Though such drug dispensing may bring significant profit to the practitioner in the short run, in the long run dispensing
these dangerous drugs can erode a clinician's credibility if the drugs in question fail the tests of safety and/or efficacy
and this becomes known. A clinician's reputation is too hard-won and precious a commodity to risk it for the sake of greed.
Dealing with the pirated drug issue and your clients may create a number of hurdles to overcome. It is important to have a
candid conversation with clients about these products. They need to know pirated drugs are not approved by the FDA and are
not regulated by any type of federal, state or medical organization. Although clients and trainers may see the economic value
of using pirated drugs, they also need to have a clear vision of the medical ramifications of these products as well.
Biggest benefit: Your patients will benefit the most from owners and trainers understanding the importance of using non-pirated
drugs, even though they may be cheaper.
Let's explore a few scenarios.
- Scenario 1: A client comes to you and says, "I want you to use that generic GastrogardTM or VentipulminTM. It's a lot cheaper."
Your response could be: "There are no approved generic formulations of these drugs. Whoever told you that (unfortunately it
may have been a veterinarian) misled you. I only use quality products in my practice." Next, you can explain the issue in
Identify that the pirated drug is substandard and that you don't practice veterinary medicine in a substandard manner - patient
care is paramount. You might even have to discuss the legalities of the problem.
If the client says, "Wow, I didn't know that, thank you doctor, my horse, dog, etc. should have the best, and I would not
want you to break the law," then you have won a client you should cherish. If you lose the client because they want the "cheap
stuff" and care very little that you put yourself at legal and liability risk, then you have lost a client you did not need.
Let them find another practitioner that will dispense a cheap, substandard, illegal drug. They could likely return to your
care when they don't get the treatment results they want from someone else.
- Scenario 2: A client comes to you and says, "Why are you using Adequan™ or Legend™ instead of the generic (i.e., Chondrodefect,
or MAP5, or LoCoat or NonCell) for use in my horse or dog?" Your response could be: "Those products are topical bandages for
wounds or freezer wrap for sperm, and they were never intended to go beneath the skin of any animal." It is important to explain
that to use those devices as drugs would imply that you were practicing poor quality medicine and jeopardizing the health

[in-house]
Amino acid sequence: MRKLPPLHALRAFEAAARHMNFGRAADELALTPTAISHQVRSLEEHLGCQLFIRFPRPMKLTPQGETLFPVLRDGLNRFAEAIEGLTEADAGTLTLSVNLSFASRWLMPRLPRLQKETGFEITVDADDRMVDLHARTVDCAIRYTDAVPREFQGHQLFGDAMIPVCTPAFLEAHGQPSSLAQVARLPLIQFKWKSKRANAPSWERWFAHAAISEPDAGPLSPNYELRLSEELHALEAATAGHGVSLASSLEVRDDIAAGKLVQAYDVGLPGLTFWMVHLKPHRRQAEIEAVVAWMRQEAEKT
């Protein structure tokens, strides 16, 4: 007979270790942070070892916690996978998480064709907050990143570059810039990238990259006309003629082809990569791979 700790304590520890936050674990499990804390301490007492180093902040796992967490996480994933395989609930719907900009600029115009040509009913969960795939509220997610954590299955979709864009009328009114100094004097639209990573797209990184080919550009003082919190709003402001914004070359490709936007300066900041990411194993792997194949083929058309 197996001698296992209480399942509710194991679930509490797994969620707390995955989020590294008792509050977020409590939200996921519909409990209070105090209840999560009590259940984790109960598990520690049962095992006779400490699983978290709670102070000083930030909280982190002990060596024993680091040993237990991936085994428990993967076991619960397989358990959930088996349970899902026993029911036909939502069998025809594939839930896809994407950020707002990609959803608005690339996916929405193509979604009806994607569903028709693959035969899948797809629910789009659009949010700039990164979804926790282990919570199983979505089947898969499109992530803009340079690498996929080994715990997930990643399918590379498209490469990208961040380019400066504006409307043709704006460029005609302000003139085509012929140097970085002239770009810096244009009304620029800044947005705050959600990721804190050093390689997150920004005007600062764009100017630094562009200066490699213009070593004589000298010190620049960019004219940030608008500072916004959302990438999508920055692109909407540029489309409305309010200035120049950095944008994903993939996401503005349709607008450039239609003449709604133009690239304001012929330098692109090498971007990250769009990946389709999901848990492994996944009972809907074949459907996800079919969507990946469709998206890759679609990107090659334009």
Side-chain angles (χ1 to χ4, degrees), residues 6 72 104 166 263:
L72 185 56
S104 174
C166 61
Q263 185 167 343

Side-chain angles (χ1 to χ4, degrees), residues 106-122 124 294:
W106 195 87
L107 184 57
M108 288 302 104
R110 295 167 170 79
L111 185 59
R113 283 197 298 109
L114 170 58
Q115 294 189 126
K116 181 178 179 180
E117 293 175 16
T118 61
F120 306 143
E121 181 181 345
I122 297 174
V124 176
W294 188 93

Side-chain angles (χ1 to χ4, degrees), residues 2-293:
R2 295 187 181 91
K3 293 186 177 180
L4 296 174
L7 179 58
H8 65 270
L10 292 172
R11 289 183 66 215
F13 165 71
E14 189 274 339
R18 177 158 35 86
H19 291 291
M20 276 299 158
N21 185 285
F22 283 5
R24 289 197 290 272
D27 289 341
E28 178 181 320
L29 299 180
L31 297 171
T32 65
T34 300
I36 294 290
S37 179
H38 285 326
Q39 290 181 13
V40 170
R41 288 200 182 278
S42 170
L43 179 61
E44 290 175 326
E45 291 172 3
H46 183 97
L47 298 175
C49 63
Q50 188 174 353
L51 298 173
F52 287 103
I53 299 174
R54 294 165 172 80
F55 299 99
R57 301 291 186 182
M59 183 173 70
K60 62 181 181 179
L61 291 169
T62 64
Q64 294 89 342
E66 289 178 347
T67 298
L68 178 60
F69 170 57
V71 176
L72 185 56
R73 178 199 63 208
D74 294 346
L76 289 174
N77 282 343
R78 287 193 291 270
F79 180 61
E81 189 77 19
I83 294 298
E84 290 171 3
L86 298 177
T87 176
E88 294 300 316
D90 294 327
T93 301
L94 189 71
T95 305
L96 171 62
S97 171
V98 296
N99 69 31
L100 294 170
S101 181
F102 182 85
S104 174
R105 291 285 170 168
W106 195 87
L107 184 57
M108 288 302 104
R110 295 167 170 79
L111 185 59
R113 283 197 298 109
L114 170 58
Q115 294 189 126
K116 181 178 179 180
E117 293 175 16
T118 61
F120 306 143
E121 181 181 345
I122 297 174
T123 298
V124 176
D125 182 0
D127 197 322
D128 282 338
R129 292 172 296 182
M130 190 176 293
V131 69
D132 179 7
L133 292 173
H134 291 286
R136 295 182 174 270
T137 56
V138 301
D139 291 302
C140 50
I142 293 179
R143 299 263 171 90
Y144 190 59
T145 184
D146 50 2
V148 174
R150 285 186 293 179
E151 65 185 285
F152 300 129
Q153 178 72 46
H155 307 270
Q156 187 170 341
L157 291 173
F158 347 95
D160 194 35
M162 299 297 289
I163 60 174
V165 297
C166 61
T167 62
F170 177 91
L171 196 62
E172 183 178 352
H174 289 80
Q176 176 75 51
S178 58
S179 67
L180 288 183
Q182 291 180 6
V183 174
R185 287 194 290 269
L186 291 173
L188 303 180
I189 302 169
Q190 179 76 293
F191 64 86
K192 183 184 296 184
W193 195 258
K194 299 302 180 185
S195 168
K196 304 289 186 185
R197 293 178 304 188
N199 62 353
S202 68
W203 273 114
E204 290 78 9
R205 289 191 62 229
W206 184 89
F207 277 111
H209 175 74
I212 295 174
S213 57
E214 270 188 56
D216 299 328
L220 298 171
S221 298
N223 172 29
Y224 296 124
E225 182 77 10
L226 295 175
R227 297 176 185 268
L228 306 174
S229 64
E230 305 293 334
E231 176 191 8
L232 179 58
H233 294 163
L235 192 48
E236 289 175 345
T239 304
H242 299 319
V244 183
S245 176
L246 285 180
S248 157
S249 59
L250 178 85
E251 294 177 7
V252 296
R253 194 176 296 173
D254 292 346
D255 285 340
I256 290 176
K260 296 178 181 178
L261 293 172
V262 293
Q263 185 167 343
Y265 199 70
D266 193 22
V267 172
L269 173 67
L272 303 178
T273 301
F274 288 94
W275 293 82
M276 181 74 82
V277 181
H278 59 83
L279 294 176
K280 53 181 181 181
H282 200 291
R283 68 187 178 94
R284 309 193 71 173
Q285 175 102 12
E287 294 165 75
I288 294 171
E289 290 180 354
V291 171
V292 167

of his or her animal. It would also imply that you were more interested in money, then the animal's welfare. Again, do not
be afraid to let your client walk in this situation if they disagree with your explanation.
- Scenario 3: A client comes to you and says, "I read how evil it is to use pirated drugs in horses. You are using dipyrone
to treat my horse. Is that wrong?"
Your response could be: "There is no approved dipyrone, but it is well accepted that this drug controls high fevers much better
than any other drug on the market. If there were an approved form, then the use of compounded dipyrone would be defined as
substandard care, but since there is no FDA-approved formulation, the compounded drug is acceptable and clinically intelligent."
These three scenarios are some of the more common situations practitioners may find themselves. It is important to remember
not to become defensive and approach each situation as a discussion on the best medicine for the horse or other pet you may
be treating. When talking to clients and trainers, it is also critical to reiterate the point that pirated drugs are not FDA
approved and their contents and the grade of the material are unknown and treatment outcomes are unpredictable. Taking the
high road to high-quality medicine will eliminate any ethical dilemma or haggling over price for a product.
Dr. Rollin is University Distinguished Professor, Professor of Philosophy, Professor of Biomedical Sciences, Professor of
Animal Sciences, and University Bioethicist at Colorado State University. Rollin taught the first course ever done in veterinary
medical ethics, which has been a required part of the veterinary curriculum at CSU since 1978, and was a pioneer in reforming
animal use in surgery teaching and laboratory exercises in veterinary colleges. He is a principal architect of federal legislation
dealing with the welfare of experimental animals, and has testified before Congress on animal experimentation. He has consulted
for various agencies of the governments of the U.S., Canada, Australia, the Netherlands, New Zealand, and South Africa on
many aspects of animal research, for the Office of Technology Assessment of the U.S. Congress on genetic engineering of animals,
for NIH on animal pain, and for the World Health Organization on using antimicrobials in food animals. He has consulted for
the USDA/CSRS on farm animal welfare research, and for APHIS on future planning.